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Heir Presumptive

Page history last edited by PBworks 15 years, 9 months ago

Wade, Henry - Heir Presumptive (1935)



Review by Nick Fuller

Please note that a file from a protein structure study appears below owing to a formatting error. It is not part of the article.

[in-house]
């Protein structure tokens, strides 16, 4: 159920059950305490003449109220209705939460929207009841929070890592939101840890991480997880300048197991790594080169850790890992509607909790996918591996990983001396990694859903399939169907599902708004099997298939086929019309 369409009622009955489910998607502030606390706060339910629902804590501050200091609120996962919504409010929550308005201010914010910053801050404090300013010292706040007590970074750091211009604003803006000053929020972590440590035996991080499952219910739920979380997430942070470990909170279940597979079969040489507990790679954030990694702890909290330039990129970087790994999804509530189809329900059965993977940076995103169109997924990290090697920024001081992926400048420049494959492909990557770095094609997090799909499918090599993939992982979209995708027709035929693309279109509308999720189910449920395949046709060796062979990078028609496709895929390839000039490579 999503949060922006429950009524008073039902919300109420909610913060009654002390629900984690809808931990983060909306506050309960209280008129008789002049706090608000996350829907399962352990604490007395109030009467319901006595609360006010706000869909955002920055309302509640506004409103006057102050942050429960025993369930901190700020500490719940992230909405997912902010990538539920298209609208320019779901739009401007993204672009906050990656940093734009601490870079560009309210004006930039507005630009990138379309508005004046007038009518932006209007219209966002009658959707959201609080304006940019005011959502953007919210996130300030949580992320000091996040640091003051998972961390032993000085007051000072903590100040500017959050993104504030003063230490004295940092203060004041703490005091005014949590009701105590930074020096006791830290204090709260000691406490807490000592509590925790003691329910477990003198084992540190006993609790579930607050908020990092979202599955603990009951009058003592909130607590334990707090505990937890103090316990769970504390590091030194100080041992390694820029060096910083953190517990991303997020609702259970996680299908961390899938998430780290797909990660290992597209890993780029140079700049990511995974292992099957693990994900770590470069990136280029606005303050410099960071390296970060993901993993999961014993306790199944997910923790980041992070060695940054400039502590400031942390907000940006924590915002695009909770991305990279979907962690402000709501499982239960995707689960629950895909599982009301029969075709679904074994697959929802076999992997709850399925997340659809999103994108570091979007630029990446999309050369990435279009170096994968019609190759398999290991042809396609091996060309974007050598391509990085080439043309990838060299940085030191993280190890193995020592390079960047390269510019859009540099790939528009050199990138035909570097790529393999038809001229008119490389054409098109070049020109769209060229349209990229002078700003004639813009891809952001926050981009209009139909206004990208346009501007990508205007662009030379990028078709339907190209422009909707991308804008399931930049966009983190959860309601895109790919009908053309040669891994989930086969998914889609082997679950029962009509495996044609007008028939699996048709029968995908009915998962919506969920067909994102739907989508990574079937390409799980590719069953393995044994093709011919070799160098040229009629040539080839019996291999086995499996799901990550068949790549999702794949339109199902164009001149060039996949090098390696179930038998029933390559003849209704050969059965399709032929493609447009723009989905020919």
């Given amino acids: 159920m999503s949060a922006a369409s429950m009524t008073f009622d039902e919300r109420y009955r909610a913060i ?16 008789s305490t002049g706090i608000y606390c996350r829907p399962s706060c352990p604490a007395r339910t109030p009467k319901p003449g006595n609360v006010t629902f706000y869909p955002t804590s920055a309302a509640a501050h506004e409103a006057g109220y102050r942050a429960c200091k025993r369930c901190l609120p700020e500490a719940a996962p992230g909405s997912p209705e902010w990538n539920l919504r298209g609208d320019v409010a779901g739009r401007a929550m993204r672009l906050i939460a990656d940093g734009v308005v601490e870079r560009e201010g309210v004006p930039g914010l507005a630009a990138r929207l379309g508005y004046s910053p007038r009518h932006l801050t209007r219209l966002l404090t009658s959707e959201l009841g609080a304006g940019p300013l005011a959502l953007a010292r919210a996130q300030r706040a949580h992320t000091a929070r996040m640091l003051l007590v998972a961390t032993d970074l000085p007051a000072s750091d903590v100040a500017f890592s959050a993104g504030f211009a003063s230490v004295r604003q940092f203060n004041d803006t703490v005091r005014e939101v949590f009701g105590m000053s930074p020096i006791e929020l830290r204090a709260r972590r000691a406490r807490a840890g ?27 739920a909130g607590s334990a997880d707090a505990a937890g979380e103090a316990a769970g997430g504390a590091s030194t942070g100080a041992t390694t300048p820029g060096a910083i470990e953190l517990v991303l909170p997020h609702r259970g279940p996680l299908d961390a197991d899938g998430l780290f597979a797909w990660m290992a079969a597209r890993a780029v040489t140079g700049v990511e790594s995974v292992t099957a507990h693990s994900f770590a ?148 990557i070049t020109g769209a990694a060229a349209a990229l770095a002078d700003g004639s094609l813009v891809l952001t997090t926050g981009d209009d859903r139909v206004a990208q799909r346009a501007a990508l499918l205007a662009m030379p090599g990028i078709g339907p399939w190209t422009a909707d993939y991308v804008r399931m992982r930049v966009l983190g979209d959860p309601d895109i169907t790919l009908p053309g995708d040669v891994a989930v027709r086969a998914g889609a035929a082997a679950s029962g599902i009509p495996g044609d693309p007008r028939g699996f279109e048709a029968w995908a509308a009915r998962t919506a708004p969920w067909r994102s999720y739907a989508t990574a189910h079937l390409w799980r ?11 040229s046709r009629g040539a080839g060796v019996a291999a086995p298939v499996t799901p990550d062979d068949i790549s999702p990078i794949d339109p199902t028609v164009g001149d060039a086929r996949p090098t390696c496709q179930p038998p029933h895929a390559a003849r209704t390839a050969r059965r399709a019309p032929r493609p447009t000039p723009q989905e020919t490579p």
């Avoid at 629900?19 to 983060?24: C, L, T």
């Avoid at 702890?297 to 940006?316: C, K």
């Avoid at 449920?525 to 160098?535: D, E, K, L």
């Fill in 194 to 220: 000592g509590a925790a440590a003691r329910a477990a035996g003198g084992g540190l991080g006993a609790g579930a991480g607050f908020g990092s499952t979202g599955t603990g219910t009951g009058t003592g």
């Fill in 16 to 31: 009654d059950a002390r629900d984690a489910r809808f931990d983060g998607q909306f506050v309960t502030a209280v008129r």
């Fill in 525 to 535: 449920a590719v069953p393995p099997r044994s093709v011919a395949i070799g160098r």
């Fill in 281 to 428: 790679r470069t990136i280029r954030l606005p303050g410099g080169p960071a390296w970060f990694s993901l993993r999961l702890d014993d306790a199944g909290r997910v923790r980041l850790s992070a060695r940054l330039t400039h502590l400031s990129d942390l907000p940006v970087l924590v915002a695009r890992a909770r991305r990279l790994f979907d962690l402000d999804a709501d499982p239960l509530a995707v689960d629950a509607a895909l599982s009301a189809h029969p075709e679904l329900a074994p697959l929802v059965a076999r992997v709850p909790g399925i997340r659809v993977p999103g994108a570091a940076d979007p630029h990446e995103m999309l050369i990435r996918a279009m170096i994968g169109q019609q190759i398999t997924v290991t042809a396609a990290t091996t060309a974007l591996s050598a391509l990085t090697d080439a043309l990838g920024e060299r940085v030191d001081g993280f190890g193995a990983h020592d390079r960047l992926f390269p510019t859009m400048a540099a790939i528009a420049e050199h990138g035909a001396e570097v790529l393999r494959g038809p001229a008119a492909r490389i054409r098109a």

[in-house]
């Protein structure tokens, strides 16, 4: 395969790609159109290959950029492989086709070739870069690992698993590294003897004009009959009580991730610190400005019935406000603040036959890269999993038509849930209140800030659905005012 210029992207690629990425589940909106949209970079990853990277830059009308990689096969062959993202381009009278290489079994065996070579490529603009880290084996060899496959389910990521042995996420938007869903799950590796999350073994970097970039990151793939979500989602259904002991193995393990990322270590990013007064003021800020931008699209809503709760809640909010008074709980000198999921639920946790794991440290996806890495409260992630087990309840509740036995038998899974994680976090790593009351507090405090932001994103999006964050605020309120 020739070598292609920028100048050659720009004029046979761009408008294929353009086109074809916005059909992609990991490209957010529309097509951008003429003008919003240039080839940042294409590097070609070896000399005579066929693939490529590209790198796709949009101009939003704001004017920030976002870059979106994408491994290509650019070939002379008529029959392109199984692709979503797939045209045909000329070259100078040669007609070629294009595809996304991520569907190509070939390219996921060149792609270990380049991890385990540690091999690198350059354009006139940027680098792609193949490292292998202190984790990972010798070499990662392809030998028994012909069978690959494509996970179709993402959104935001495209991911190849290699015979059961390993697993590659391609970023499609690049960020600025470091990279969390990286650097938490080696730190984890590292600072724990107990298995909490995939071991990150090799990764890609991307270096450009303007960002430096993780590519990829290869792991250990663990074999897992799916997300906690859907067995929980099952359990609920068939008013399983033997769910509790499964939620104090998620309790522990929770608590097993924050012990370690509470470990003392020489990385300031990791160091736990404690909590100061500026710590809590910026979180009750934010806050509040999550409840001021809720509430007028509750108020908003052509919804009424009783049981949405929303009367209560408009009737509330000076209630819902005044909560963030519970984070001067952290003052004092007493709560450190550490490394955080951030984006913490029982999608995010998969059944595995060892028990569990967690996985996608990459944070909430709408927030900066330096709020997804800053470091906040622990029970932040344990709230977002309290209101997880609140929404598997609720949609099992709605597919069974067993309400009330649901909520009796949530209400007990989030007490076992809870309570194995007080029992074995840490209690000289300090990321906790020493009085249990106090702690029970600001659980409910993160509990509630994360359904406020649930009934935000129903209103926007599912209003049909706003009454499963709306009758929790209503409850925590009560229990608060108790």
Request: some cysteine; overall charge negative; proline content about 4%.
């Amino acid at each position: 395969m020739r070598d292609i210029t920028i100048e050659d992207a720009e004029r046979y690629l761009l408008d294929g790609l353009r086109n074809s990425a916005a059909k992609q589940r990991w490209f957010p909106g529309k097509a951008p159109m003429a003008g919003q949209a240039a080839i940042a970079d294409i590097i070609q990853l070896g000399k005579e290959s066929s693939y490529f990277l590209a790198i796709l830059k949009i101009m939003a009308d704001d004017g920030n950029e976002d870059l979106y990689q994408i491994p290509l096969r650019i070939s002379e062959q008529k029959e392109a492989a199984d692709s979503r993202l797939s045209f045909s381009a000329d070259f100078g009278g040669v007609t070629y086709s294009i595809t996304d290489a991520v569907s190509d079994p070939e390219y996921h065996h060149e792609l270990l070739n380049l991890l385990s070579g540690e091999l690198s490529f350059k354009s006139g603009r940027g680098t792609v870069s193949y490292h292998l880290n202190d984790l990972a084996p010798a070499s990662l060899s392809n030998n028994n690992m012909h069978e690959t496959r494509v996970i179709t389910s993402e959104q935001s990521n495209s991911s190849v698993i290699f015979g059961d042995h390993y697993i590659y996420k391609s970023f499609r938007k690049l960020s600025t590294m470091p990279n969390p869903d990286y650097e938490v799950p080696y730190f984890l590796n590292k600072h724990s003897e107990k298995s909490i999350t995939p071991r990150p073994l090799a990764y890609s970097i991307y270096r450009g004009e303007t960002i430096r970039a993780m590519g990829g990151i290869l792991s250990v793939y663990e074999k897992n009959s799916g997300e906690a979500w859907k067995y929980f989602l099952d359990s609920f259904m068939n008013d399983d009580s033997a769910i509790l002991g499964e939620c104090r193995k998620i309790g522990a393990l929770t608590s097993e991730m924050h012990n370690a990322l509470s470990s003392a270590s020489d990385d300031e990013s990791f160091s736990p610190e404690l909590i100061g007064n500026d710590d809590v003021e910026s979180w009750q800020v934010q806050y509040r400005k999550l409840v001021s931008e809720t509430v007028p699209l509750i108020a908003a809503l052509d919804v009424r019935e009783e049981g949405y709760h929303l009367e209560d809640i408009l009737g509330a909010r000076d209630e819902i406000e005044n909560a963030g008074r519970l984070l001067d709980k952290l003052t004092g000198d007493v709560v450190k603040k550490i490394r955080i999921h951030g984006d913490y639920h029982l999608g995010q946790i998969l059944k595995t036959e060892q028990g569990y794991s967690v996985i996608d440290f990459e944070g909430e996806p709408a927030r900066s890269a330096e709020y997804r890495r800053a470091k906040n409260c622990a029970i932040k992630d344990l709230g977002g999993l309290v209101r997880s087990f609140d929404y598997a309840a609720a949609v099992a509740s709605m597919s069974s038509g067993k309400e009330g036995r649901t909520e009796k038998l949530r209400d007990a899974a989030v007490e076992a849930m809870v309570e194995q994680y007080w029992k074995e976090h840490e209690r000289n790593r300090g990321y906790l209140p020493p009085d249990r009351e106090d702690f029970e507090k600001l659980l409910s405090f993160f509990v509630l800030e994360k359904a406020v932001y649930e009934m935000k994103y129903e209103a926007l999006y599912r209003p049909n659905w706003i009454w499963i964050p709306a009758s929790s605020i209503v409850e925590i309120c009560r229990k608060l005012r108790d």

Surely one of the best inverted stories ever written. The reader sees the hunt from the other side—sees the systematic extermination of a series of heirs through the eyes of the oddly sympathetic murderer, Eustace Hendel, driven to commit his crimes by a love of money, and an over-riding woman—like Macbeth, he is weak and opportunistic, rather than deliberately malevolent. Despite a reference to the “inferiority complex” on p. 130, it is heartening to see that “psychology” is avoided, and that the murderer has a genuine motive: “Succession to the peerage and estates! How magnificent it sounded. It meant Jill and comfort and money to play with and position—the House of Lords!” Eustace kills his cousin David during a most suspenseful deer-stalk in Scotland. It is pleasing to note that the victims are well-chosen: the first, David, is distinctly unlikeable (or are we merely seeing him from Eustace’s biased point-of-view?), while the second, his son Desmond, is very sympathetic, forcing Eustace to attempt to justify the act: “After all, he had got to die before very long anyhow and it would really be a kindness to put him out quietly and quickly now; brae and cheerful as he was, life could be no great pleasure to him. Yes, really a kindness; nothing to regret at all.” Eustace that is cruel, is yet merciful. In the end, Eustace doesn’t have to murder Desmond (a relief, because “he would have given anything to turn away from it, but the alternative was ruin”)—because someone else gets there before him. This neatly combines the attractions of the inverted story with those of the detective story proper; and the book finishes with a brilliant and powerful twist ending.

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